1. The flu shot gives me the flu. Dumb Fool. The shot is a killed vaccine. It cannot give you influenza. It is impossible to get flu from the influenza vaccine, either from the shot or the live attenuated vaccine.

2. I never get the flu, so I don't need the vaccine. Irresponsible Fool. I have never had a head-on collision, but I wear my seat belt. And you probably don't use a condom either. So far you have been lucky, and you are a potential winner of a Darwin Award, although because you don't use a condom, you are unfortunately still in the gene pool. As a healthcare worker, when you do get influenza and come to work, you can pass it on to the most vulnerable hosts. Nice going.

3. Only old people get the flu. Selfish Fool. Influenza can infect anyone, and the groups who are more likely to die of influenza are the very young, the pregnant, and the elderly. Often those most at risk for dying from influenza are those least able to respond to the vaccine, due to age or underlying diseases. Like your patients. You can help prevent your old, sickly grandmother or your newborn daughter from getting influenza by getting the vaccine, so you do not get flu and pass it on to her. Influenza, by the way, is highly contagious, with 20% to 50% of contacts with an index case getting the flu. However, Granny may be sitting on a fortune that will come to you, and killing her off with influenza is a great way to get her out of the way and never be caught. That would make a good episode of CSI.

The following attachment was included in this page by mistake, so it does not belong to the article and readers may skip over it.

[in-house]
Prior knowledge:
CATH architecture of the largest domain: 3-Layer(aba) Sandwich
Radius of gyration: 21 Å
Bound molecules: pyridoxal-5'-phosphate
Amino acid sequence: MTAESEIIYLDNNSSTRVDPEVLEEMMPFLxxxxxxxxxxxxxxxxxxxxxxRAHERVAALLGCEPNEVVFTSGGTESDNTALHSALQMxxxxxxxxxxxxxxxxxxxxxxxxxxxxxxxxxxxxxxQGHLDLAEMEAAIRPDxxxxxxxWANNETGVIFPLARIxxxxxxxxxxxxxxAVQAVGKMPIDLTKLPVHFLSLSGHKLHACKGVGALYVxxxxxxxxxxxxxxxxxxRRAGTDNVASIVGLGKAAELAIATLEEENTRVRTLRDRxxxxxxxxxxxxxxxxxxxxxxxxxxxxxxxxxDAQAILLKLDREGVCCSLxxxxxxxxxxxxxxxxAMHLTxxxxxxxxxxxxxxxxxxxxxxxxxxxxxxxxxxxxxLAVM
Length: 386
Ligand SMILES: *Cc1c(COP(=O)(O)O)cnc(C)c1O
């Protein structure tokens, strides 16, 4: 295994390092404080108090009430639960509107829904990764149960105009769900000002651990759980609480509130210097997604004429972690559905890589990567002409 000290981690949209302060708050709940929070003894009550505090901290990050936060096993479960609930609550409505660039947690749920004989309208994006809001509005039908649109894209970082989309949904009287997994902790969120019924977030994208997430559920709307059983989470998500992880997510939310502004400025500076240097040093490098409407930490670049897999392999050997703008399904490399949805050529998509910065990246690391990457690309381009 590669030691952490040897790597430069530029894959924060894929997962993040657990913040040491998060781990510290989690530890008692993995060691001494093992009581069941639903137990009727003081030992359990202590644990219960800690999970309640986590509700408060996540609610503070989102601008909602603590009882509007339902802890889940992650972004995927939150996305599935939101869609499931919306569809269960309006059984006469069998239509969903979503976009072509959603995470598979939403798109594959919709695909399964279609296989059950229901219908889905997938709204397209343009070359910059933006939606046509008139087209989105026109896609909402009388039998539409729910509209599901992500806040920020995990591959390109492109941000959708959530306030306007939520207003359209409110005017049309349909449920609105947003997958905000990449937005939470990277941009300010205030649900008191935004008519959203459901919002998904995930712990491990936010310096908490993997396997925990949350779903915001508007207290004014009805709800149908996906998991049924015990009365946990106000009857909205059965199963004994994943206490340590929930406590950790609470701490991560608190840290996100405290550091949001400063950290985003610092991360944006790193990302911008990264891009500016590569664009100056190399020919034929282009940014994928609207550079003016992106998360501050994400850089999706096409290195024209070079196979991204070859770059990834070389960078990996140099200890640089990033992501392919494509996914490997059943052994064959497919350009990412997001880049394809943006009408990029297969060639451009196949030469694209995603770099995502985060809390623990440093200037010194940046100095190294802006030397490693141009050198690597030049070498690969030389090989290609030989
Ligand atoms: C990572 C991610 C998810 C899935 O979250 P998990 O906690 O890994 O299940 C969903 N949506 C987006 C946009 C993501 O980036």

4. I can prevent influenza or treat it by taking echinacea, vitamin C, vitamin D, oscillococcinum, or Airborne®. Gullible Fool cubed, then squared. None of these concoctions has any efficacy whatsoever against influenza. If you think oscillococcinum has any efficacy, I would like you to invest in a perpetual-motion machine I have invented. None of the above either prevent or treat influenza. And you can't "boost" your immune system either. Anyone who suggests otherwise wants your money, not to improve your health.